PADT staff used ANSYS Additive Print to design the supports. The software predicted a distortion of 0.4 mm vs. the 3.0 mm with the standard supports.

The distortion compensation capability in ANSYS Additive Print was then used to calculate local distortion and modify the geometry so that the final printed shape would be even closer to the desired dimensions.

T-tube additive mannufacturing supports

The part (including the supports) was printed in 17-4PH stainless steel on a Concept Laser MLab laser powder bed fusion system.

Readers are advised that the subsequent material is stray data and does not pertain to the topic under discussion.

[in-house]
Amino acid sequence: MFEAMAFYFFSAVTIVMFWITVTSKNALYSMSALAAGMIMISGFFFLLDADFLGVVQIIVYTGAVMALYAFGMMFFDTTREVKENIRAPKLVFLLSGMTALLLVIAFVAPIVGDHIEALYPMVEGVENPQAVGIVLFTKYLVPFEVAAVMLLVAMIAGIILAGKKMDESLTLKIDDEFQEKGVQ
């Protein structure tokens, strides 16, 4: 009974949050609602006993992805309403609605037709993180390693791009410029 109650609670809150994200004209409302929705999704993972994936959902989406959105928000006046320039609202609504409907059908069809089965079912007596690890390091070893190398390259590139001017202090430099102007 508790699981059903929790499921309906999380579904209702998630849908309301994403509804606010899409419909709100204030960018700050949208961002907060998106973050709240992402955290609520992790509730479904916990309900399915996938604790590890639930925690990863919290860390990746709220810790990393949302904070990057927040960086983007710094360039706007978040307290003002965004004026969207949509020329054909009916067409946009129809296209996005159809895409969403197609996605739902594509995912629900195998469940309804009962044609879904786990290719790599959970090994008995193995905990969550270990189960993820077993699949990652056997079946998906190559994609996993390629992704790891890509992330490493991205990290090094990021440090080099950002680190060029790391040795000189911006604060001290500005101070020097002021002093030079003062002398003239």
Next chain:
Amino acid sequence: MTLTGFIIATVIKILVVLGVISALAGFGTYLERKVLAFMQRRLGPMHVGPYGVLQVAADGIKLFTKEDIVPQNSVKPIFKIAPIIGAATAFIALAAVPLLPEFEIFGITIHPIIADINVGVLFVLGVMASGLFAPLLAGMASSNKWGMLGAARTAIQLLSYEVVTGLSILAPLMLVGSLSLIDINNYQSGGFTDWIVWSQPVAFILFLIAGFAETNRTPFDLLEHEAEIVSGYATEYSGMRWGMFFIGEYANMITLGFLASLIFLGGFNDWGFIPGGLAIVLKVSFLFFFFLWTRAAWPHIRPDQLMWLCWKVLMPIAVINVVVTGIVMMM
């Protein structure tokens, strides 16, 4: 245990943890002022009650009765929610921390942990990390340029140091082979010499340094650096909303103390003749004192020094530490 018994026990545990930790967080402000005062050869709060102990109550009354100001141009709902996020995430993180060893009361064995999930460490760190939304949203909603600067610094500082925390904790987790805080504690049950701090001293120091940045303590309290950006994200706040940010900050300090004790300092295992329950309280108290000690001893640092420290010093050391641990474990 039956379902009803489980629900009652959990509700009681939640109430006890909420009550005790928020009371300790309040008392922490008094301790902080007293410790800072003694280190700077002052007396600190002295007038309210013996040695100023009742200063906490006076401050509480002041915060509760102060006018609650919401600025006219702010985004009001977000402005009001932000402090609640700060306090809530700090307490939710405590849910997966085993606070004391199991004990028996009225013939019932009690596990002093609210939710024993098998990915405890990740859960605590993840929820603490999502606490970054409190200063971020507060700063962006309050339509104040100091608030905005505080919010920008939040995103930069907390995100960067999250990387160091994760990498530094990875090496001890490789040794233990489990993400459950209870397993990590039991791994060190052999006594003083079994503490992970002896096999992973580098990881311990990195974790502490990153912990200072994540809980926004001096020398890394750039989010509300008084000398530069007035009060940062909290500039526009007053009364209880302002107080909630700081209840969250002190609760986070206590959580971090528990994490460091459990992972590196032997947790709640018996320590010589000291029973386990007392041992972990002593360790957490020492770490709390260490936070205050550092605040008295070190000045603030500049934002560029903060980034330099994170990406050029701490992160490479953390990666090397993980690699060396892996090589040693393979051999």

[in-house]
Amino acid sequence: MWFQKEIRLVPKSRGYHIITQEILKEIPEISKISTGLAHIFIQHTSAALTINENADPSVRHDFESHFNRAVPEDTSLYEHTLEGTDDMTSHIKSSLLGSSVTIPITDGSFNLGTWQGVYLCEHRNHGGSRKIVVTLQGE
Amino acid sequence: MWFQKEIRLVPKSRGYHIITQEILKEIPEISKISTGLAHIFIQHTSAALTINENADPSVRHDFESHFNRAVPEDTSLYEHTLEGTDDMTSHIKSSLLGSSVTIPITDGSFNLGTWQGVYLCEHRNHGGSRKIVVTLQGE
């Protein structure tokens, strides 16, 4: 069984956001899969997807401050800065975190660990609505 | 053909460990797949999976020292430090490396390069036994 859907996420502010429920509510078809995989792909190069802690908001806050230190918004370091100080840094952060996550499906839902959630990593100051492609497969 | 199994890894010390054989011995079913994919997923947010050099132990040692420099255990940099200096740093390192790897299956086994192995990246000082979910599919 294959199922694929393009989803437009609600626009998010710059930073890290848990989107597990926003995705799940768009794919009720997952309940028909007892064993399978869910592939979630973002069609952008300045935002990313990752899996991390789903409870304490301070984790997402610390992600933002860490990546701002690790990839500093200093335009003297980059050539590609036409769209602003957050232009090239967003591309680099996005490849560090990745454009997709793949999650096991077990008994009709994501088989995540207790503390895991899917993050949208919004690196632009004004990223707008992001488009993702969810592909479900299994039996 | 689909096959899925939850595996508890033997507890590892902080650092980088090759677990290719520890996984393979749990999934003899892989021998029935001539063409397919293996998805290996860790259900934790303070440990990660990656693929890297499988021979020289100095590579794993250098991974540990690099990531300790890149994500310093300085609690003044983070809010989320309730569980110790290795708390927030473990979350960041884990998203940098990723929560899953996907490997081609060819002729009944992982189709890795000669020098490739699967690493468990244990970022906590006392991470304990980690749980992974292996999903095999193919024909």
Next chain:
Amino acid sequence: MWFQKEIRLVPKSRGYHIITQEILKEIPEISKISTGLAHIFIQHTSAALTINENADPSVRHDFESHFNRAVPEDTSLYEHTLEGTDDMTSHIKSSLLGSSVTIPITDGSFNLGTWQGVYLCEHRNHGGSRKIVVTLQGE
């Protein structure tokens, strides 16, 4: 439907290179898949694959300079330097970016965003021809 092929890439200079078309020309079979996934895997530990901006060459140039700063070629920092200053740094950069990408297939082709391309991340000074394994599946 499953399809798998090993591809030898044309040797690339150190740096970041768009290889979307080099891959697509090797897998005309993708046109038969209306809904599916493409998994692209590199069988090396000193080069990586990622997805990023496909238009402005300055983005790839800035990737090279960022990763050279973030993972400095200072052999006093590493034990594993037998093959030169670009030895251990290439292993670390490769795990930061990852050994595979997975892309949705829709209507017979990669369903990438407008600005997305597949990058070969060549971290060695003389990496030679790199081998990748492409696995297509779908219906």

scanning

Using a ZEISS structured light scanner, the PADT scanning team inspected the part with the supports removed. The measurements revealed approximately a 0.38 mm deviation from the nominal CAD model, which, for a part with this much distortion potential, was very good.

ANSYS Additive Print

When the scan results were compared to the final geometry, it was revealed that the surface roughness from the support material removal is the cause of most of the deviation, not thermal distortion. In areas away from the surface roughness of the support attachments, the distortion is only about 0.13 mm, showing that the optimized supports and distortion compensation from ANSYS Additive Print produced a final printed part well within acceptable tolerances.